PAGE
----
By Adrian Loveridge
As someone who has been intimately involved with tourism on Barbados, after 30 years, we still seem far from simplifying the process of encouraging both locals and foreigners to invest in the sector.
For a country that is so dependent on tourism for economic survival, it seems an incredible void, especially when you consider the critical place, tourism plays in our ongoing fiscal recovery.
GOOGLE ‘tourism one stop shop investment’ and up comes a whole array of countries including: Jordan, Egypt, Sri Lanka, Rwanda, South Africa, Oman, Botswana, Turkey, Australia, Thailand, Indonesia, Zambia, Hungary, and Dubai, not to forget a number of states within the USA.
Looking into the website for the Omani government , mission statements abound like ‘a single window system for the processing of applications linked to projects is currently being established’ and ‘the proposed One-Shop-Shop is expected to do away with bureaucracy and dramatically speed up the licensing and approvals linked to tourism related investments.
Other examples include ‘it is expected that all relevant stakeholders will respond to tourism applications within a specific duration for each entity’ with ‘the process to establish a new hotel application (1-5 Stars) will take a maximum of 27 working days, and the process for allocating unmarked land, will take a maximum of 92 working days’.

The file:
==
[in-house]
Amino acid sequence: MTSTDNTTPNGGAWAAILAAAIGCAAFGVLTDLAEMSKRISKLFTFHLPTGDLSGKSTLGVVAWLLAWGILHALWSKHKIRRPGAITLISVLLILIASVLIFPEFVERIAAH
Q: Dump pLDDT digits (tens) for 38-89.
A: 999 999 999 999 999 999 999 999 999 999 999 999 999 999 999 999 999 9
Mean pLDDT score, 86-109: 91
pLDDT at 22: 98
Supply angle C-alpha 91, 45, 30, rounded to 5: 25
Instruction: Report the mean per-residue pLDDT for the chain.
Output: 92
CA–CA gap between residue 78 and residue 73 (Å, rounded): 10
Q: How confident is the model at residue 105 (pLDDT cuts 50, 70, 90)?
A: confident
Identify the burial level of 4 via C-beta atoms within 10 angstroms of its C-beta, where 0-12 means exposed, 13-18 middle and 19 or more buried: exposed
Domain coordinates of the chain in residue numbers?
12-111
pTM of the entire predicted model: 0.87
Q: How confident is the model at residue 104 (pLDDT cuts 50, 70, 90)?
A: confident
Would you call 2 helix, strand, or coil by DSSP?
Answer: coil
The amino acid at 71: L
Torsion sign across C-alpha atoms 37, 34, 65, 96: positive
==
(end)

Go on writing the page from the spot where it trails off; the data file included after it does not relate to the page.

Our recent experience with the proposed Hyatt may make this objective seem entirely impossible, but surely there is a compromise.
It is not just the investment climate which needs serious revision, but also the unproductive time and stress associated with hotel ownership, including the very many licenses required to legally operate one; while the overwhelming majority of alternative accommodation offerings, apparently, can function very well without them.
In our early days, it was almost like an impossible game to accumulate all the necessary documents for license application. Often, by the time every requirement was extracted, at least one official paper component was out of date and the process had to start all over again.
This at first may seem trivial, but when Barbados is competing in a global world for every investment dollar, anyone seriously planning acquisition and development of a tourism project will weigh very carefully the ease of doing business.
The feeling often gained is that if it’s tedious and challenging to get on the first rungs of the ladder; what is it going to be like further up the road?
Or in the case of foreign investors, this may be compounded by – do they really want our investment?
As my five decades of tourism involvement come to an end, I implore our policymakers to convene a group of industry players who can demonstrate various degrees of success. Then together, with financial advisors and those behind the scenes administering the many often perceived, disjointed government agencies, seriously review and streamline ways of making investment infinitely more friendly and appealing.